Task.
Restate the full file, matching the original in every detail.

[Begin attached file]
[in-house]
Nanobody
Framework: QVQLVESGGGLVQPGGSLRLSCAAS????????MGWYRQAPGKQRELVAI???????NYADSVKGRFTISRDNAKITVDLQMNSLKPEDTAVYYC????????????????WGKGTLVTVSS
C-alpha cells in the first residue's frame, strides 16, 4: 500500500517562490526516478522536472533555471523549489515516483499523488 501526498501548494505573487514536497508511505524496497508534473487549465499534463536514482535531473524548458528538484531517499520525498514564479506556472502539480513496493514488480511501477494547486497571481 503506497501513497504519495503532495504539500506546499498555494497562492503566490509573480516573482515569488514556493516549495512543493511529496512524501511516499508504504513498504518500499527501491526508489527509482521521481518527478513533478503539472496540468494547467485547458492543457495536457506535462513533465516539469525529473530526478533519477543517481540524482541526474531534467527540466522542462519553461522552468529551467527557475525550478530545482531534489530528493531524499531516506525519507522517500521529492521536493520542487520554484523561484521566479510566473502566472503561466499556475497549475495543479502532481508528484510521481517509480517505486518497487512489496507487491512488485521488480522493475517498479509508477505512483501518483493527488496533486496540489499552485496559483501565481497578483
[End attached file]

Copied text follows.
[in-house]
Nanobody
Framework: QVQLVESGGGLVQPGGSLRLSCAAS????????MGWYRQAPGKQRELVAI???????NYADSVKGRFTISRDNAKITVDLQMNSLKPEDTAVYYC????????????????WGKGTLVTVSS
C-alpha cells in the first residue's frame, strides 16, 4: 500500500517562490526516478522536472533555471523549489515516483499523488 501526498501548494505573487514536497508511505524496497508534473487549465499534463536514482535531473524548458528538484531517499520525498514564479506556472502539480513496493514488480511501477494547486497571481 503506497501513497504519495503532495504539500506546499498555494497562492503566490509573480516573482515569488514556493516549495512543493511529496512524501511516499508504504513498504518500499527501491526508489527509482521521481518527478513533478503539472496540468494547467485547458492543457495536457506535462513533465516539469525529473530526478533519477543517481540524482541526474531534467527540466522542462519553461522552468529551467527557475525550478530545482531534489530528493531524499531516506525519507522517500521529492521536493520542487520554484523561484521566479510566473502566472503561466499556475497549475495543479502532481508528484510521481517509480517505486518497487512489496507487491512488485521488480522493475517498479509508477505512483501518483493527488496533486496540489499552485496559483501565481497578483